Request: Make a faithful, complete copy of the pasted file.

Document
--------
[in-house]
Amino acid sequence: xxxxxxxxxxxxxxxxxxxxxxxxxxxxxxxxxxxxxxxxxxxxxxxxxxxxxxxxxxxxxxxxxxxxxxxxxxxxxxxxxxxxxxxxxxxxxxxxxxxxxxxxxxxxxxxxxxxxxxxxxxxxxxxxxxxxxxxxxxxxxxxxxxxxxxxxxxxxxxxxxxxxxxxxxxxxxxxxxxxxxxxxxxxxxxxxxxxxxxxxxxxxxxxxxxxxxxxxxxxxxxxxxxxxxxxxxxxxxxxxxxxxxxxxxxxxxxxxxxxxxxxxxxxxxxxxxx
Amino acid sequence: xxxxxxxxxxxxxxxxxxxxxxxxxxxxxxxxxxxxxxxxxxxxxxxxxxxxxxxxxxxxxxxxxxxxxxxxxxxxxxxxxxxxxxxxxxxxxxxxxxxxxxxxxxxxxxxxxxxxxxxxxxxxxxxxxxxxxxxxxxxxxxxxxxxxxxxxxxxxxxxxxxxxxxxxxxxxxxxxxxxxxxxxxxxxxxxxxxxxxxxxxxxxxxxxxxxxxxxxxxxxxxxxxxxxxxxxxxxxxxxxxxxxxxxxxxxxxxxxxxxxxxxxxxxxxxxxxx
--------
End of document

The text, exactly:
[in-house]
Amino acid sequence: xxxxxxxxxxxxxxxxxxxxxxxxxxxxxxxxxxxxxxxxxxxxxxxxxxxxxxxxxxxxxxxxxxxxxxxxxxxxxxxxxxxxxxxxxxxxxxxxxxxxxxxxxxxxxxxxxxxxxxxxxxxxxxxxxxxxxxxxxxxxxxxxxxxxxxxxxxxxxxxxxxxxxxxxxxxxxxxxxxxxxxxxxxxxxxxxxxxxxxxxxxxxxxxxxxxxxxxxxxxxxxxxxxxxxxxxxxxxxxxxxxxxxxxxxxxxxxxxxxxxxxxxxxxxxxxxxx
Amino acid sequence: xxxxxxxxxxxxxxxxxxxxxxxxxxxxxxxxxxxxxxxxxxxxxxxxxxxxxxxxxxxxxxxxxxxxxxxxxxxxxxxxxxxxxxxxxxxxxxxxxxxxxxxxxxxxxxxxxxxxxxxxxxxxxxxxxxxxxxxxxxxxxxxxxxxxxxxxxxxxxxxxxxxxxxxxxxxxxxxxxxxxxxxxxxxxxxxxxxxxxxxxxxxxxxxxxxxxxxxxxxxxxxxxxxxxxxxxxxxxxxxxxxxxxxxxxxxxxxxxxxxxxxxxxxxxxxxxxx